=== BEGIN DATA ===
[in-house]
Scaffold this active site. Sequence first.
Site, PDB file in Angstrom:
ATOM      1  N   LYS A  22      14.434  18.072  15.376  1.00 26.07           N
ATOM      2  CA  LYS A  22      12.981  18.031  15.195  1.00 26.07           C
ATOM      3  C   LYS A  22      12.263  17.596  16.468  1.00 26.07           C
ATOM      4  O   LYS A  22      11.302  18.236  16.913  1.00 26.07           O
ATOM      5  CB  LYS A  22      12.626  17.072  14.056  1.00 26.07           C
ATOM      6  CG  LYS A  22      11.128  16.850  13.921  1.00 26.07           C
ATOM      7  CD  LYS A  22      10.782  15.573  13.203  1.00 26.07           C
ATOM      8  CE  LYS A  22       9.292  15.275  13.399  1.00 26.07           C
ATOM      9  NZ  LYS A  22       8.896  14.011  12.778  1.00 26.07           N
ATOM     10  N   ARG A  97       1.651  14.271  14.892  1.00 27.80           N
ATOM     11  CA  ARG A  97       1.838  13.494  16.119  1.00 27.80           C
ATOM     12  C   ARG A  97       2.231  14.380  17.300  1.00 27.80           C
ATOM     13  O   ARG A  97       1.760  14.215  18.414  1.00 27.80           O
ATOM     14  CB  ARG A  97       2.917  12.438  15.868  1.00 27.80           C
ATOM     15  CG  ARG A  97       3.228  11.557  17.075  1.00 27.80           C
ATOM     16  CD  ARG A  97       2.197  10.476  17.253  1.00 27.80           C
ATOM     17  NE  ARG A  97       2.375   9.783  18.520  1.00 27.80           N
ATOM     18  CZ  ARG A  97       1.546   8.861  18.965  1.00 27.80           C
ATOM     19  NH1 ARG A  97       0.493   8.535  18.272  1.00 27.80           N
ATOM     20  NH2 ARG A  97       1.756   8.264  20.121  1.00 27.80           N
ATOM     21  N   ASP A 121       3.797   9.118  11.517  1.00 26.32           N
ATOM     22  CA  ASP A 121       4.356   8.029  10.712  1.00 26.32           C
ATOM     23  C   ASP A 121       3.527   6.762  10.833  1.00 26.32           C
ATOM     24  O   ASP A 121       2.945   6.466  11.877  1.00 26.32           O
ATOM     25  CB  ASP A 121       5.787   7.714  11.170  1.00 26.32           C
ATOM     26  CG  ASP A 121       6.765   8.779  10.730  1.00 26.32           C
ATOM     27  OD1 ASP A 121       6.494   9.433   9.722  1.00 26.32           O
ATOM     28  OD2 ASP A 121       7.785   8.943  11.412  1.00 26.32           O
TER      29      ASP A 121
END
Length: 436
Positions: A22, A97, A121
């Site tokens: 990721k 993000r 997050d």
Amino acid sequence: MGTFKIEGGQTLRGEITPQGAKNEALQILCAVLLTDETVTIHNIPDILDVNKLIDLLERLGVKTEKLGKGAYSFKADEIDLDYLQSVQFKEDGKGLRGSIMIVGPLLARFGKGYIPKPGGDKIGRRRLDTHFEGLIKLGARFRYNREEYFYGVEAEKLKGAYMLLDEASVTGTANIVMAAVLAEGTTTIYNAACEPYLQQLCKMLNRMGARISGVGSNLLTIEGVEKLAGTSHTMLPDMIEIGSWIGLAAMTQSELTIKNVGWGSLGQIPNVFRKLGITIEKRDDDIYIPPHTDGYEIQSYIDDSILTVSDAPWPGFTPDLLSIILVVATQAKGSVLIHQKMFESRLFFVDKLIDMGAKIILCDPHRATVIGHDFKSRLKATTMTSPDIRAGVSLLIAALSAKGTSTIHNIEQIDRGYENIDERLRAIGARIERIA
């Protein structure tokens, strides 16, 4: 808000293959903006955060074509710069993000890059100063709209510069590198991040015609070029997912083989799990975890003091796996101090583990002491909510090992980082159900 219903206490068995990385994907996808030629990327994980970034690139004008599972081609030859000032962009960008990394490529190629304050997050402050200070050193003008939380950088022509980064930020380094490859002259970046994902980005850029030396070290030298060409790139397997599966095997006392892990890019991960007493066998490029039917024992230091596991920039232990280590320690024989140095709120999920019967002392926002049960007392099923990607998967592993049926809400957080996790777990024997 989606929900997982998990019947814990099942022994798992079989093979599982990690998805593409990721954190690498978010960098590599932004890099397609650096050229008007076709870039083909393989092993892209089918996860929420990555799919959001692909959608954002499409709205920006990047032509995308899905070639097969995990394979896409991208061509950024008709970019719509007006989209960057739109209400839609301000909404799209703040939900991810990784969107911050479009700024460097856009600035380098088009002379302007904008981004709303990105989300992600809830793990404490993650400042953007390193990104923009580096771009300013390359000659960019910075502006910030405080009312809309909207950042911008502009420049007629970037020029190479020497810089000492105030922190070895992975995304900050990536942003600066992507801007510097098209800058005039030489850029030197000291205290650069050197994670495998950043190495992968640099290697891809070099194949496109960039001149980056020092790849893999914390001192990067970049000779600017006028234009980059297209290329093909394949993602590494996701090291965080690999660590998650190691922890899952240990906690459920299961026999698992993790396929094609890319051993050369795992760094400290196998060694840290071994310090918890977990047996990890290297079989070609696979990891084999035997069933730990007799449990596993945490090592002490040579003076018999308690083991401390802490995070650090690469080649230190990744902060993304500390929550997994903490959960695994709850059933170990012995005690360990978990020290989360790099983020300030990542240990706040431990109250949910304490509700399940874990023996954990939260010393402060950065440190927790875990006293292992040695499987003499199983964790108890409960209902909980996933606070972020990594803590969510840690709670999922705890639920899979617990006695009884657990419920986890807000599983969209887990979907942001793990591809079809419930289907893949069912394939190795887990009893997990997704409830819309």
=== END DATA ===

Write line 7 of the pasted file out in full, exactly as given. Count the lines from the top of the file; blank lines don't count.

ATOM      4  O   LYS A  22      11.302  18.236  16.913  1.00 26.07           O